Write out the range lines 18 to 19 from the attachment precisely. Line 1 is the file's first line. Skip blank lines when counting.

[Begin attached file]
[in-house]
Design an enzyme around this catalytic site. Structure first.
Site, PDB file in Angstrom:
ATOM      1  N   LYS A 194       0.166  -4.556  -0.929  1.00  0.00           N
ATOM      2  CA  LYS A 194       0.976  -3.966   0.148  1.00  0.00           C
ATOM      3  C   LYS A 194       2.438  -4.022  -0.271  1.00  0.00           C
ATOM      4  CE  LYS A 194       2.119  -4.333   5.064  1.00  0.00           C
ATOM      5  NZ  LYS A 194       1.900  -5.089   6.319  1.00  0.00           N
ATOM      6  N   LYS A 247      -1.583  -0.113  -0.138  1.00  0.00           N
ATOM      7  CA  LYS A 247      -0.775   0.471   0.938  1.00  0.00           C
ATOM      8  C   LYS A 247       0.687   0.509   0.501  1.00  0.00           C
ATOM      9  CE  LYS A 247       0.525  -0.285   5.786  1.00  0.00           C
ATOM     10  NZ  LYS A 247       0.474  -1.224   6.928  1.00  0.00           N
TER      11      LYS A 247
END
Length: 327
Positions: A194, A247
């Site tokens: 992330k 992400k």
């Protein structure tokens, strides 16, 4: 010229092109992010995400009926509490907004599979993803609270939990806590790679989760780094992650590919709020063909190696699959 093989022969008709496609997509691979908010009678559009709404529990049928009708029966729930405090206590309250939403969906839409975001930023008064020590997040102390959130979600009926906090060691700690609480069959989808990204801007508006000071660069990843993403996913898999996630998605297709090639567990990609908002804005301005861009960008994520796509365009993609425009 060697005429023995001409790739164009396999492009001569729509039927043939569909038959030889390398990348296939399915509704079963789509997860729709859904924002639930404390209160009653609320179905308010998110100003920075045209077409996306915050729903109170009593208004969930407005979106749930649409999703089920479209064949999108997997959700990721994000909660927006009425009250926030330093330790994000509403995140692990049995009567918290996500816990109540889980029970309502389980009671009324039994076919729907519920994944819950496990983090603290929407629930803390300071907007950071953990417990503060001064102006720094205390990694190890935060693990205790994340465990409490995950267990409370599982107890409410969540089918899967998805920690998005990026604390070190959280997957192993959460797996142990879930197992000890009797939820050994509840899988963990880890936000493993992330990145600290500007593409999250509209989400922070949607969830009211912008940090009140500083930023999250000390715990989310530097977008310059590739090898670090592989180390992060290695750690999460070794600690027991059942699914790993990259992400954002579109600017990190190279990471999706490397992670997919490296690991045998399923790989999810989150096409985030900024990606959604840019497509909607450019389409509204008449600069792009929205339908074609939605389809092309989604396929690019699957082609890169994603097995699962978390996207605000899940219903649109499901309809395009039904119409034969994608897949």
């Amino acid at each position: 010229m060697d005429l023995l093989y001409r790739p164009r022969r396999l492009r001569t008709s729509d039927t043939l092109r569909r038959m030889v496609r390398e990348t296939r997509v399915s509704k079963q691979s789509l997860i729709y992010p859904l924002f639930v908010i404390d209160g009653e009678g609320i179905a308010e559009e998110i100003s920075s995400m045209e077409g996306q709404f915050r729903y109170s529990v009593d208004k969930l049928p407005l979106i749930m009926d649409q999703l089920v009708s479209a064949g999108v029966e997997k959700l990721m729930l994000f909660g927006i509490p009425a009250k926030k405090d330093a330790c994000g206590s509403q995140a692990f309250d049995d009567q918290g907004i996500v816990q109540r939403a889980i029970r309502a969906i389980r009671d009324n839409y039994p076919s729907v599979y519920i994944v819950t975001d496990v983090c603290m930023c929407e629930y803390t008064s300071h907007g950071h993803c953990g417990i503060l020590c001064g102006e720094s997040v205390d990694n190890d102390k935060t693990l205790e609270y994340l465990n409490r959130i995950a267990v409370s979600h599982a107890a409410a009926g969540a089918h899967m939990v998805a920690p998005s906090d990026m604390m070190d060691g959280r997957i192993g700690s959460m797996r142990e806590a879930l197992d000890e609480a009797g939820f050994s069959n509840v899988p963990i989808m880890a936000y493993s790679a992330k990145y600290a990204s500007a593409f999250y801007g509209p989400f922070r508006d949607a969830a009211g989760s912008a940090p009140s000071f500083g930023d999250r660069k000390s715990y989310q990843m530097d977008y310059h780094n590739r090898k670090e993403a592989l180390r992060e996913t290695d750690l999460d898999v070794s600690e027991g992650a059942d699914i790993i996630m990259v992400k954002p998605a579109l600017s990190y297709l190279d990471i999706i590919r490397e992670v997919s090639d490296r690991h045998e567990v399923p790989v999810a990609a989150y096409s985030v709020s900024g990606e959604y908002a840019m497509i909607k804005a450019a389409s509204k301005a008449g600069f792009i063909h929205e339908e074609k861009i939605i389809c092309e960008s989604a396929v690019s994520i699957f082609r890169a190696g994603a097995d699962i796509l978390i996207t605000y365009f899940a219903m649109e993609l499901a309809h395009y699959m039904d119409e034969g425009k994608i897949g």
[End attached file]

């Site tokens: 992330k 992400k």
């Protein structure tokens, strides 16, 4: 010229092109992010995400009926509490907004599979993803609270939990806590790679989760780094992650590919709020063909190696699959 093989022969008709496609997509691979908010009678559009709404529990049928009708029966729930405090206590309250939403969906839409975001930023008064020590997040102390959130979600009926906090060691700690609480069959989808990204801007508006000071660069990843993403996913898999996630998605297709090639567990990609908002804005301005861009960008994520796509365009993609425009 060697005429023995001409790739164009396999492009001569729509039927043939569909038959030889390398990348296939399915509704079963789509997860729709859904924002639930404390209160009653609320179905308010998110100003920075045209077409996306915050729903109170009593208004969930407005979106749930649409999703089920479209064949999108997997959700990721994000909660927006009425009250926030330093330790994000509403995140692990049995009567918290996500816990109540889980029970309502389980009671009324039994076919729907519920994944819950496990983090603290929407629930803390300071907007950071953990417990503060001064102006720094205390990694190890935060693990205790994340465990409490995950267990409370599982107890409410969540089918899967998805920690998005990026604390070190959280997957192993959460797996142990879930197992000890009797939820050994509840899988963990880890936000493993992330990145600290500007593409999250509209989400922070949607969830009211912008940090009140500083930023999250000390715990989310530097977008310059590739090898670090592989180390992060290695750690999460070794600690027991059942699914790993990259992400954002579109600017990190190279990471999706490397992670997919490296690991045998399923790989999810989150096409985030900024990606959604840019497509909607450019389409509204008449600069792009929205339908074609939605389809092309989604396929690019699957082609890169994603097995699962978390996207605000899940219903649109499901309809395009039904119409034969994608897949």